Research Ethics Blog

Is BP Silencing Researchers?

This is pretty amazing. BP — nobody’s favourite company, at this point — is apparently trying to limit the number of people qualified to testify to the extent of the damage done by the massive Deepwater Horizon oil spill by cornering the market on marine scientists.

Here’s the story, by Ben Raines, writing for the Mobile Press-Register: BP buys up Gulf scientists for legal defense, roiling academic community

For the last few weeks, BP has been offering signing bonuses and lucrative pay to prominent scientists from public universities around the Gulf Coast to aid its defense against spill litigation.

BP PLC attempted to hire the entire marine sciences department at one Alabama university, according to scientists involved in discussions with the company’s lawyers. The university declined because of confidentiality restrictions that the company sought on any research….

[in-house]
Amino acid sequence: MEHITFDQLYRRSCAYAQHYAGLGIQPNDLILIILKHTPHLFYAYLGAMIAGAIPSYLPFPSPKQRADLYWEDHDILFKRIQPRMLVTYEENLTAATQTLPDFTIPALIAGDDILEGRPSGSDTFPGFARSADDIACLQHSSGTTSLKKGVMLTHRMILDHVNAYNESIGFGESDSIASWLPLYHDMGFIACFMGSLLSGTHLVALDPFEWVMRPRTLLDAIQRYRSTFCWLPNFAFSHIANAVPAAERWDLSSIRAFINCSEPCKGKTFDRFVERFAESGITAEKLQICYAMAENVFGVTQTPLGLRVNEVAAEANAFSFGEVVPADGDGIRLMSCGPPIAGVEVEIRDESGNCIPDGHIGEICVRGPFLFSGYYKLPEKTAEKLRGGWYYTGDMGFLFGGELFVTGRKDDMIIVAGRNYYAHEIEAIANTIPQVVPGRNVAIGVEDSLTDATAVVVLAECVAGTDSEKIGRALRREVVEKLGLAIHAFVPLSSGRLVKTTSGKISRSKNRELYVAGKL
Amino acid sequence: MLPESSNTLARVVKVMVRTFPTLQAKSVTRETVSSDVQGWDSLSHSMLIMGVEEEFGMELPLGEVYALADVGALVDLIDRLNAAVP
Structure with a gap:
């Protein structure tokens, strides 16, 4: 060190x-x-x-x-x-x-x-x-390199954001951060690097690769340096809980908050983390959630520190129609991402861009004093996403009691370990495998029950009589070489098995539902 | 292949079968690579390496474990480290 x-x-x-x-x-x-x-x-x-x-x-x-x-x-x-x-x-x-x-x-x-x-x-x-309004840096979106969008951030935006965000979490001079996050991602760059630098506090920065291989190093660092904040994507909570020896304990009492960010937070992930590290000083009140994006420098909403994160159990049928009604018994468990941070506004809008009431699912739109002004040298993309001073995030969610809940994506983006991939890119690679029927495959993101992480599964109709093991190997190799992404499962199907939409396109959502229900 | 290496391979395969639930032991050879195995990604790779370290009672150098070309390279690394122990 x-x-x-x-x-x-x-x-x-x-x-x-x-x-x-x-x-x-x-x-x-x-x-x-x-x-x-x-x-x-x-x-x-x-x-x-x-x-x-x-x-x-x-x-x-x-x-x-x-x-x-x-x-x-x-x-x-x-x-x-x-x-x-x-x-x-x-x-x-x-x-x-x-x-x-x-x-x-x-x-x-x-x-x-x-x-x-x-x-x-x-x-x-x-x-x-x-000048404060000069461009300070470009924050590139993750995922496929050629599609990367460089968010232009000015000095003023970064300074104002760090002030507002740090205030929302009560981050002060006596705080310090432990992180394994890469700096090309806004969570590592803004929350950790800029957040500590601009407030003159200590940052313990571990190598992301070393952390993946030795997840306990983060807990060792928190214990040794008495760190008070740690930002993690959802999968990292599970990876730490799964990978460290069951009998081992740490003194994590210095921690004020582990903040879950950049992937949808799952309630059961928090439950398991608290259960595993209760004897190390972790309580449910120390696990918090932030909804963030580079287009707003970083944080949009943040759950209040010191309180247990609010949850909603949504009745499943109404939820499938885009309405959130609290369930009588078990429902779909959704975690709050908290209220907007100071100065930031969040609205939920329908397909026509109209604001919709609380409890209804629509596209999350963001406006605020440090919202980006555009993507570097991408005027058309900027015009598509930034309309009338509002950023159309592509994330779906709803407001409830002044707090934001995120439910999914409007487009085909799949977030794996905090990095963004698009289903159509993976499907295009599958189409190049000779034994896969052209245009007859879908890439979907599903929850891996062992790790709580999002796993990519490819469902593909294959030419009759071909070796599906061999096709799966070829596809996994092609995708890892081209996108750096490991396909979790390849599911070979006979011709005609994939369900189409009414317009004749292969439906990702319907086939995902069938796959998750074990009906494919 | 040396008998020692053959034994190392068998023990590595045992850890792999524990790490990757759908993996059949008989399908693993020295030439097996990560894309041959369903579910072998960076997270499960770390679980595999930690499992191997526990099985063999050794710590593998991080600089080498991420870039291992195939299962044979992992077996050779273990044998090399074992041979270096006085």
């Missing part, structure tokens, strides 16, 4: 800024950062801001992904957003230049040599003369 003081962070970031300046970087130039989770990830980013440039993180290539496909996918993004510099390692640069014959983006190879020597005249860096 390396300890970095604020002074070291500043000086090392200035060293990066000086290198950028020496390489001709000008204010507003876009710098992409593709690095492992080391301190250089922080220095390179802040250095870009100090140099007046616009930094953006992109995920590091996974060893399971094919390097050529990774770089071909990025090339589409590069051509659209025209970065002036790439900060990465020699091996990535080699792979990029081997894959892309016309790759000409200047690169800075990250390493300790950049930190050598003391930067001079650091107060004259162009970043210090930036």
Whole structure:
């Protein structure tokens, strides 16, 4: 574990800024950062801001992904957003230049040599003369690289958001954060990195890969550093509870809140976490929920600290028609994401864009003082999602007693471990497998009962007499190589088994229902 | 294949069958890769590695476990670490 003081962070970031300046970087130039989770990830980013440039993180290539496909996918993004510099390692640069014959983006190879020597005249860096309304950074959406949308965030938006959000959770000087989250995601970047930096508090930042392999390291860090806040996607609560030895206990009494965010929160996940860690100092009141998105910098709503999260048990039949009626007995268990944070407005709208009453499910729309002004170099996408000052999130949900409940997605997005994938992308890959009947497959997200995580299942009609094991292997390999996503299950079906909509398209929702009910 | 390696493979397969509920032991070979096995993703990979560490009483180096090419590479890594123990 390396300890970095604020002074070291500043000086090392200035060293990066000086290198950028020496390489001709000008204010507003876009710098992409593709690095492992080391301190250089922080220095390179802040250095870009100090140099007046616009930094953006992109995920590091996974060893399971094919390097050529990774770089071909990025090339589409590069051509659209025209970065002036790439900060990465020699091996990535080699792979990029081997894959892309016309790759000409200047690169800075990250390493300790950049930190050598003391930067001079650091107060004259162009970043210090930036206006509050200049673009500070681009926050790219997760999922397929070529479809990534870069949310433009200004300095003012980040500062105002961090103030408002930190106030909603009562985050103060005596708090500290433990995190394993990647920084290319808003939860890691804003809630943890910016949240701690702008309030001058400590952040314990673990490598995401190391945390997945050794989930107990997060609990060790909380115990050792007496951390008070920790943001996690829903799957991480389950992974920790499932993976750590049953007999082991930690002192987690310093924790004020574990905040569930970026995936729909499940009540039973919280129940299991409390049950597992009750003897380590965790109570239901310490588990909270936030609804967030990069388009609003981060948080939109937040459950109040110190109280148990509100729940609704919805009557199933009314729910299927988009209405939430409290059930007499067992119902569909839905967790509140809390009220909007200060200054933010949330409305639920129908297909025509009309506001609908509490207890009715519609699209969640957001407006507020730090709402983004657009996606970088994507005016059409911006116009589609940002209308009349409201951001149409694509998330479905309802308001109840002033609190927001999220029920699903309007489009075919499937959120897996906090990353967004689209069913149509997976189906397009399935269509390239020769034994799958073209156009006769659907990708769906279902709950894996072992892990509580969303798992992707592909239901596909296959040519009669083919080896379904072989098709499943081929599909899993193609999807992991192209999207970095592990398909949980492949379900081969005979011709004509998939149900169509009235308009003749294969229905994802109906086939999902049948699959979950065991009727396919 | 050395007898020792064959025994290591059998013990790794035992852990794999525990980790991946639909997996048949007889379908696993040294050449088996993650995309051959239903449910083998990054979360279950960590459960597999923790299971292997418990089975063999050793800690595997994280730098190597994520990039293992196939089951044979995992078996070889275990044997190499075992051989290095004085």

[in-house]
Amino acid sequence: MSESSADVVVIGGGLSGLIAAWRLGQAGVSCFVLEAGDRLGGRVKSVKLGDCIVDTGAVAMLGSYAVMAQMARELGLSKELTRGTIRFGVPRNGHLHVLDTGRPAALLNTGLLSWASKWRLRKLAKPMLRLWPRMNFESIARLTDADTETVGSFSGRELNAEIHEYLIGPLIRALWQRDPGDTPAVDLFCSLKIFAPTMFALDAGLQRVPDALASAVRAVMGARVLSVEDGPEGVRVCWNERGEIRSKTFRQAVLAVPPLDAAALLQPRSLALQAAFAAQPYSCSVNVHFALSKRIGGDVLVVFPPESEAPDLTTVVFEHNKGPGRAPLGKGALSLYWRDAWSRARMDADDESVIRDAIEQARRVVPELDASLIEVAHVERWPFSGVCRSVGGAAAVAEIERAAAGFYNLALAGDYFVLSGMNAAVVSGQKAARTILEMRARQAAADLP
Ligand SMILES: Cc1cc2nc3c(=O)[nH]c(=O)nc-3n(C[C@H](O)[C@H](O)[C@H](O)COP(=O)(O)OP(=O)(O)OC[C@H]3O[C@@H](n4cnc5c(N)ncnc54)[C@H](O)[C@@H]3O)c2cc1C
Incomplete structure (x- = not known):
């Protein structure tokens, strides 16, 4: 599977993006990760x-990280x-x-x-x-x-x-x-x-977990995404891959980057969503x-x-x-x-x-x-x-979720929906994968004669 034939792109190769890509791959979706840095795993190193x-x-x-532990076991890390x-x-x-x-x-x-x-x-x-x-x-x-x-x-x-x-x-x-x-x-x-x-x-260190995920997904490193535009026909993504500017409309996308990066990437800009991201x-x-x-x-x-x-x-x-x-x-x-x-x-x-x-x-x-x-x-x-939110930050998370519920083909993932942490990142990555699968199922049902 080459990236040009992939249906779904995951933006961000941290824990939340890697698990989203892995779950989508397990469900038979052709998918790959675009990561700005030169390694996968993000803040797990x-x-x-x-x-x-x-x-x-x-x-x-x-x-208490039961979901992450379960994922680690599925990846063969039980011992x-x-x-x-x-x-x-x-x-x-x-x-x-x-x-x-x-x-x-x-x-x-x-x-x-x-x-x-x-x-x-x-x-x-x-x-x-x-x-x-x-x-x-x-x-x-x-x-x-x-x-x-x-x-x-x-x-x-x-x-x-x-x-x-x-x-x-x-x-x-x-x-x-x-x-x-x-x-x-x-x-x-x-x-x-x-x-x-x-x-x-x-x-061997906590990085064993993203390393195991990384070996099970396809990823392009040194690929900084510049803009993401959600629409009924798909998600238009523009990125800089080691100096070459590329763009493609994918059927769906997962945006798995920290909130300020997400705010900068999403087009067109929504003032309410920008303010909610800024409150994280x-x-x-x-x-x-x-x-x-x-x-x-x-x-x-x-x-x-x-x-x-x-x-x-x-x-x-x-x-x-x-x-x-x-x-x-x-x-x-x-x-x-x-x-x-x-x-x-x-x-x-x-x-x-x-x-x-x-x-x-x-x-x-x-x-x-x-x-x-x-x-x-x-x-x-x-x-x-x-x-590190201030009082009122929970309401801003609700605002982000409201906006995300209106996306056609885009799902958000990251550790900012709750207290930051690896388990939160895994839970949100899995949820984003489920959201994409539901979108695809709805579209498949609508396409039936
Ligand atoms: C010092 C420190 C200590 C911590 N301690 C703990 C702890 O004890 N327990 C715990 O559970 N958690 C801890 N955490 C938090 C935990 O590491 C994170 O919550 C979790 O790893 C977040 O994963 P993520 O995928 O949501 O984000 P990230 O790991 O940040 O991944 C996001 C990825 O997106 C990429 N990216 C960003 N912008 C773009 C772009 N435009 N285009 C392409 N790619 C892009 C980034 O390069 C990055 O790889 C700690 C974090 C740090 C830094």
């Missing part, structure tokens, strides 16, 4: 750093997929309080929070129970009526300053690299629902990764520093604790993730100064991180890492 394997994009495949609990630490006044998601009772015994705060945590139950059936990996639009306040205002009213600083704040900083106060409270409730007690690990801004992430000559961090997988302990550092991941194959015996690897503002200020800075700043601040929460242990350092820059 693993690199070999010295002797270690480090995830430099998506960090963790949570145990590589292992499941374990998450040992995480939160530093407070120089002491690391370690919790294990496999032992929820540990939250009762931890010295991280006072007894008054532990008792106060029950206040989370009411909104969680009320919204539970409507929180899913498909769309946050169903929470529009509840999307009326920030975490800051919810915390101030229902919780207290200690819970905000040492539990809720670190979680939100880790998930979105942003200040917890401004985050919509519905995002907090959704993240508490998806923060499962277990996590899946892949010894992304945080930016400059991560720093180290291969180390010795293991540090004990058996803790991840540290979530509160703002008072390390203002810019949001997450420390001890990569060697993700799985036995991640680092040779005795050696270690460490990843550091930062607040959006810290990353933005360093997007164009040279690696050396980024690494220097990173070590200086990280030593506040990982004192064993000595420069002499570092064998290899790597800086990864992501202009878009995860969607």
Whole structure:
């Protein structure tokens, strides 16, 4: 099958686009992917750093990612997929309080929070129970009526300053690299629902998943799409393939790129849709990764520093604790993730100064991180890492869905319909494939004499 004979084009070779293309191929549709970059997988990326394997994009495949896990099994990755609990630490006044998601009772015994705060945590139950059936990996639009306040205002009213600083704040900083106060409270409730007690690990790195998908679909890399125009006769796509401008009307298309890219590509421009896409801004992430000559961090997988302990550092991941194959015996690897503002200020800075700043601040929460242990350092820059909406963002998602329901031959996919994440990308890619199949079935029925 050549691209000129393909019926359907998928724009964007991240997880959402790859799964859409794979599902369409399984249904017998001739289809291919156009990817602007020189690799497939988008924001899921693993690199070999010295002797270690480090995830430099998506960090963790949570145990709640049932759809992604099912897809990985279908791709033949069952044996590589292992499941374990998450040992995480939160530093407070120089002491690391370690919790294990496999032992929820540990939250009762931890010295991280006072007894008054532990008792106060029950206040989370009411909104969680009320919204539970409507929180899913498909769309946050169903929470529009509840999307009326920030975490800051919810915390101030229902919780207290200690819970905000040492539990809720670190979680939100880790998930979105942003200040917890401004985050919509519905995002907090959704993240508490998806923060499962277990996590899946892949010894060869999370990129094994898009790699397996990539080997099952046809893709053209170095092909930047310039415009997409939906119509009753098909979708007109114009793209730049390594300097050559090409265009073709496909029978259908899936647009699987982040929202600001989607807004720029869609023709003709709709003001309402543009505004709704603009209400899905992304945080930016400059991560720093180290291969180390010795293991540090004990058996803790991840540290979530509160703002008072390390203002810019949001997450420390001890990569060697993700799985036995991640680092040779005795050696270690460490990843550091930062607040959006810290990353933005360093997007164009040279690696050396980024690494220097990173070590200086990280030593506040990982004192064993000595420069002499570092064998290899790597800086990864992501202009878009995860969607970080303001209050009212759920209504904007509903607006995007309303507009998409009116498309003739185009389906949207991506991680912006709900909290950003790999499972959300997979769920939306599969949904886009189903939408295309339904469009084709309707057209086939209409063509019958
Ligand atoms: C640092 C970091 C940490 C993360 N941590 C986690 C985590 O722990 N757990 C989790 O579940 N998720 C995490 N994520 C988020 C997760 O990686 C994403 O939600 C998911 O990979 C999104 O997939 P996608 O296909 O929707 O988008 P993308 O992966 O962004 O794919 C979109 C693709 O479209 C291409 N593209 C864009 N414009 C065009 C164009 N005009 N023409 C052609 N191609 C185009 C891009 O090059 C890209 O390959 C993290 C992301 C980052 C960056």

The article is well worth reading in its entirety. It does a good job of highlighting the ethical concerns, here.

I’ll only add this: BP is well within its rights, of course, to try to hire scientists (including university-based researchers, at either public or private universities) to aid in its defence. Like any accused, BP has the right to defend itself vigorously in court, and the right to enlist aid in doing so. The all-too-obvious problem here is that BP seems to be trying to do more than that, by buying not just the services, but also the silence, of large numbers of scientists. Not that anyone expects ethical excellence of BP at this point. But what’s baffling is that they thought their strategy would go unnoticed.

This new move isn’t just ethically fishy. It’s a first-rate PR blunder.